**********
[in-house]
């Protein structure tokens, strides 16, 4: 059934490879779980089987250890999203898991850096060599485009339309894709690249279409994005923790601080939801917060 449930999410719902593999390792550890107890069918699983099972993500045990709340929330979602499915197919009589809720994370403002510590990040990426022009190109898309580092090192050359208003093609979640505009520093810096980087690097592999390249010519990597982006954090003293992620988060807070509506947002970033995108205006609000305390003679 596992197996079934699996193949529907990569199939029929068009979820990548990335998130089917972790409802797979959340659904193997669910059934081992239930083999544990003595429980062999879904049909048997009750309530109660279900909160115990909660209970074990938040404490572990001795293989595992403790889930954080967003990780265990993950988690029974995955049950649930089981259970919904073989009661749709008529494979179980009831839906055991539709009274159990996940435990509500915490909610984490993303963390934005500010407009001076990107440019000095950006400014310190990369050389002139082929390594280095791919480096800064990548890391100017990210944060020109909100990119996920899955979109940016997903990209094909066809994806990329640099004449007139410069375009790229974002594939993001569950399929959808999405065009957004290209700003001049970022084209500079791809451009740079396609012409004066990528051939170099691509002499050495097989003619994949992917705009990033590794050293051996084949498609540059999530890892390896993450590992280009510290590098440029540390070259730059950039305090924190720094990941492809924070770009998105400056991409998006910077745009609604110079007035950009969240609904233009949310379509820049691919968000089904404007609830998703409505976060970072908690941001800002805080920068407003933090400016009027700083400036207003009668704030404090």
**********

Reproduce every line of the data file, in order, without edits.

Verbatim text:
[in-house]
């Protein structure tokens, strides 16, 4: 059934490879779980089987250890999203898991850096060599485009339309894709690249279409994005923790601080939801917060 449930999410719902593999390792550890107890069918699983099972993500045990709340929330979602499915197919009589809720994370403002510590990040990426022009190109898309580092090192050359208003093609979640505009520093810096980087690097592999390249010519990597982006954090003293992620988060807070509506947002970033995108205006609000305390003679 596992197996079934699996193949529907990569199939029929068009979820990548990335998130089917972790409802797979959340659904193997669910059934081992239930083999544990003595429980062999879904049909048997009750309530109660279900909160115990909660209970074990938040404490572990001795293989595992403790889930954080967003990780265990993950988690029974995955049950649930089981259970919904073989009661749709008529494979179980009831839906055991539709009274159990996940435990509500915490909610984490993303963390934005500010407009001076990107440019000095950006400014310190990369050389002139082929390594280095791919480096800064990548890391100017990210944060020109909100990119996920899955979109940016997903990209094909066809994806990329640099004449007139410069375009790229974002594939993001569950399929959808999405065009957004290209700003001049970022084209500079791809451009740079396609012409004066990528051939170099691509002499050495097989003619994949992917705009990033590794050293051996084949498609540059999530890892390896993450590992280009510290590098440029540390070259730059950039305090924190720094990941492809924070770009998105400056991409998006910077745009609604110079007035950009969240609904233009949310379509820049691919968000089904404007609830998703409505976060970072908690941001800002805080920068407003933090400016009027700083400036207003009668704030404090």